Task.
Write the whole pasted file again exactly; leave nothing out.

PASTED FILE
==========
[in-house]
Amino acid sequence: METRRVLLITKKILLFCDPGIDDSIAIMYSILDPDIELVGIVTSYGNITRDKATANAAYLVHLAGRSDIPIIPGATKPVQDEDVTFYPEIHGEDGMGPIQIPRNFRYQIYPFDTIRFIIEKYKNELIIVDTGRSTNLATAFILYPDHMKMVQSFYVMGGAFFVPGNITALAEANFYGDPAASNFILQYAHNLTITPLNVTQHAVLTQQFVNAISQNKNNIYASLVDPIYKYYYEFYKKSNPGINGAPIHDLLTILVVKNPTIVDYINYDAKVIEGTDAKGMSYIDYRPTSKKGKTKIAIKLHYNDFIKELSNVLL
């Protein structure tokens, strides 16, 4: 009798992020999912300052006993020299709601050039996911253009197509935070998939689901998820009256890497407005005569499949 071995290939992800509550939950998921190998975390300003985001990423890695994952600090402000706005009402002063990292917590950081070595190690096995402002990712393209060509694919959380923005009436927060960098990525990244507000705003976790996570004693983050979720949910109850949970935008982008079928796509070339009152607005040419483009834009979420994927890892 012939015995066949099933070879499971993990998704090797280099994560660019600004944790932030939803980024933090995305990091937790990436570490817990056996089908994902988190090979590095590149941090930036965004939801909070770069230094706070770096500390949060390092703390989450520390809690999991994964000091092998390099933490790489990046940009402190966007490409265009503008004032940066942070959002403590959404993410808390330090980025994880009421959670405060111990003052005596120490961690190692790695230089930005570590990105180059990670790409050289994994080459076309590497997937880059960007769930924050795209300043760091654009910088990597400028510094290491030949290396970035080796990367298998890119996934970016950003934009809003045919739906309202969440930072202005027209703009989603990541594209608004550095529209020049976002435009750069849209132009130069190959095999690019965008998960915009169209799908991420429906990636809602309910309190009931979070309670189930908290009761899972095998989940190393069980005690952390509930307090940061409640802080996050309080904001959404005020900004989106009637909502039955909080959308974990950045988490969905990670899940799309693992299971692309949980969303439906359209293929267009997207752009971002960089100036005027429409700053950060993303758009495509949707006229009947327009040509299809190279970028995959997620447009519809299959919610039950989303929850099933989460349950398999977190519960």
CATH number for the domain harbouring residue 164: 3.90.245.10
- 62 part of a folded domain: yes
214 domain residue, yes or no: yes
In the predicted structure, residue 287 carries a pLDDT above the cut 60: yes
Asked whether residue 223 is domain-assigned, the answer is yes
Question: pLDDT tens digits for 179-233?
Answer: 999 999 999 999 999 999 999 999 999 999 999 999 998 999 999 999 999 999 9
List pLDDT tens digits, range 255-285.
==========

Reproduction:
[in-house]
Amino acid sequence: METRRVLLITKKILLFCDPGIDDSIAIMYSILDPDIELVGIVTSYGNITRDKATANAAYLVHLAGRSDIPIIPGATKPVQDEDVTFYPEIHGEDGMGPIQIPRNFRYQIYPFDTIRFIIEKYKNELIIVDTGRSTNLATAFILYPDHMKMVQSFYVMGGAFFVPGNITALAEANFYGDPAASNFILQYAHNLTITPLNVTQHAVLTQQFVNAISQNKNNIYASLVDPIYKYYYEFYKKSNPGINGAPIHDLLTILVVKNPTIVDYINYDAKVIEGTDAKGMSYIDYRPTSKKGKTKIAIKLHYNDFIKELSNVLL
């Protein structure tokens, strides 16, 4: 009798992020999912300052006993020299709601050039996911253009197509935070998939689901998820009256890497407005005569499949 071995290939992800509550939950998921190998975390300003985001990423890695994952600090402000706005009402002063990292917590950081070595190690096995402002990712393209060509694919959380923005009436927060960098990525990244507000705003976790996570004693983050979720949910109850949970935008982008079928796509070339009152607005040419483009834009979420994927890892 012939015995066949099933070879499971993990998704090797280099994560660019600004944790932030939803980024933090995305990091937790990436570490817990056996089908994902988190090979590095590149941090930036965004939801909070770069230094706070770096500390949060390092703390989450520390809690999991994964000091092998390099933490790489990046940009402190966007490409265009503008004032940066942070959002403590959404993410808390330090980025994880009421959670405060111990003052005596120490961690190692790695230089930005570590990105180059990670790409050289994994080459076309590497997937880059960007769930924050795209300043760091654009910088990597400028510094290491030949290396970035080796990367298998890119996934970016950003934009809003045919739906309202969440930072202005027209703009989603990541594209608004550095529209020049976002435009750069849209132009130069190959095999690019965008998960915009169209799908991420429906990636809602309910309190009931979070309670189930908290009761899972095998989940190393069980005690952390509930307090940061409640802080996050309080904001959404005020900004989106009637909502039955909080959308974990950045988490969905990670899940799309693992299971692309949980969303439906359209293929267009997207752009971002960089100036005027429409700053950060993303758009495509949707006229009947327009040509299809190279970028995959997620447009519809299959919610039950989303929850099933989460349950398999977190519960």
CATH number for the domain harbouring residue 164: 3.90.245.10
- 62 part of a folded domain: yes
214 domain residue, yes or no: yes
In the predicted structure, residue 287 carries a pLDDT above the cut 60: yes
Asked whether residue 223 is domain-assigned, the answer is yes
Question: pLDDT tens digits for 179-233?
Answer: 999 999 999 999 999 999 999 999 999 999 999 999 998 999 999 999 999 999 9
List pLDDT tens digits, range 255-285.